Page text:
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Navy’s newest littoral combat ship USS Charleston arrives in San Diego

The Independence-variant littoral combat ship USS Charleston (LCS 18) sails through San Diego Bay in transit to the ship’s Naval Base San Diego homeport, successfully completing the ship's maiden voyage from the Austal USA shipyard in Mobile, Alabama. Charleston is the ninth ship in the littoral combat ship Independence-variant class and is the eleventh LCS to be homeported in San Diego. (U.S. Navy photo by Mass Communication Specialist 1st Class Woody S. Paschall)
April 19, 2019

This report originally published at dvidshub.net (DVIDS) and is reprinted in accordance with DVIDS guidelines and copyright guidance.

SAN DIEGO (April 19, 2019) – The newest littoral combat ship, the Independence-variant USS Charleston (LCS 18), arrived at its San Diego homeport April 19 after completing its maiden voyage from the Austal USA shipyard in Mobile, Alabama.

Prior to arriving in San Diego, Charleston officially joined the fleet March 2 when it was commissioned in Charleston, South Carolina. During the sail-around, the ship made port calls to Mayport, Florida; Little Creek, Virginia; Guantanamo Bay, Cuba; and Mazatlan, Mexico. The ship also completed a successful transit through the Panama Canal.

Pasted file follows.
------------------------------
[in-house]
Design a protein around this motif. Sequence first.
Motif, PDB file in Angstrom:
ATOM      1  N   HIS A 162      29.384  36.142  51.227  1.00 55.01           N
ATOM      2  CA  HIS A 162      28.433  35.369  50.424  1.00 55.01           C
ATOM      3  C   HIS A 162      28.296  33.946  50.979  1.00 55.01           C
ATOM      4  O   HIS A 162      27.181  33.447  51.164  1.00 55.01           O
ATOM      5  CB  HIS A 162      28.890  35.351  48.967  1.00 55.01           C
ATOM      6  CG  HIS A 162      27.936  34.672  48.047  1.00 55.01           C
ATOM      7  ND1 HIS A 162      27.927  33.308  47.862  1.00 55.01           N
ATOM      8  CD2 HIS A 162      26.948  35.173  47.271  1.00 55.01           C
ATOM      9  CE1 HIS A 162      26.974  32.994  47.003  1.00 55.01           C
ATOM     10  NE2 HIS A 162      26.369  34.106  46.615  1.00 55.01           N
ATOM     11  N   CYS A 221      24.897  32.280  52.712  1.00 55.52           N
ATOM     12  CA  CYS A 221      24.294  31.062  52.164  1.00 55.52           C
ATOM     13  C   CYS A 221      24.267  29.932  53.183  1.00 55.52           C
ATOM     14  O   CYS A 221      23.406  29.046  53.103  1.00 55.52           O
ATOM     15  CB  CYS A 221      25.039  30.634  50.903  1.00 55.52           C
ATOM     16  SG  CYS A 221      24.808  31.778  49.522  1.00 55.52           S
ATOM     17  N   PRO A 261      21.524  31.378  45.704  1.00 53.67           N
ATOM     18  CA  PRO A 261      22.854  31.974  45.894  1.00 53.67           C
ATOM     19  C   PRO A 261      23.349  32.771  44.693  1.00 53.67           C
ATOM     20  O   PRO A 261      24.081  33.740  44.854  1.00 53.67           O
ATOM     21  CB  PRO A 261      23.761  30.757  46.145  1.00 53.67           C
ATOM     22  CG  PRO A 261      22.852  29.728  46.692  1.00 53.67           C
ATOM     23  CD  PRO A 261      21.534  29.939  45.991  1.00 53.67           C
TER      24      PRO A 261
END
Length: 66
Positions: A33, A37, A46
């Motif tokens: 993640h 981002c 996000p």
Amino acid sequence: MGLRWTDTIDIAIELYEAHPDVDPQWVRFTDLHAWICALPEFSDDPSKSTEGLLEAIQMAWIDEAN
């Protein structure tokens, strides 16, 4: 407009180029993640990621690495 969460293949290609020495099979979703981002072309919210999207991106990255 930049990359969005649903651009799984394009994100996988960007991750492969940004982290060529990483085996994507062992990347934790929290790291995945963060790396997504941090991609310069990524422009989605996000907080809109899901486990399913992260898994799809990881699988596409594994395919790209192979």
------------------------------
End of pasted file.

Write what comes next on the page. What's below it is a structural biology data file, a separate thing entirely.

“I’m proud to say that the crew did a phenomenal job during Charleston’s maiden voyage, working many long hours to execute the voyage safely,” said Cmdr. Christopher K. Brusca, Charleston’s commanding officer. “To get Charleston ready for delivery, we’ve been away from our families for nine months, but during that time the crew maintained an infectious positivity throughout every aspect of bringing this ship to the Fleet.”

The ship falls under Commander, Littoral Combat Ship Squadron One (COMLCSRON ONE) control until the future LCS Mine Countermeasures Division is established on the West Coast.

“Charleston is a first-class ship with a first-class crew,” said Capt. Matthew McGonigle, commander, COMLCSRON ONE. “With Charleston’s arrival, we now have 11 littoral combat ships homeported in San Diego and we couldn’t be more proud of the hard work and positivity our LCS crews continue to demonstrate every single day.”

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LCSs are high-speed, agile, shallow-draft, mission-focused surface combatants designed for operations in the littoral environment, yet fully capable of open ocean operations. As part of the surface fleet, LCSs have the ability to counter and outpace evolving threats independently or within a network of surface combatants. Paired with advanced sonar and mine-hunting capabilities, LCSs provide a major contribution, as well as a more diverse set of options to commanders across the spectrum of operations.

For more LCS news, visit www.dvidshub.net/unit/C-LCSSO

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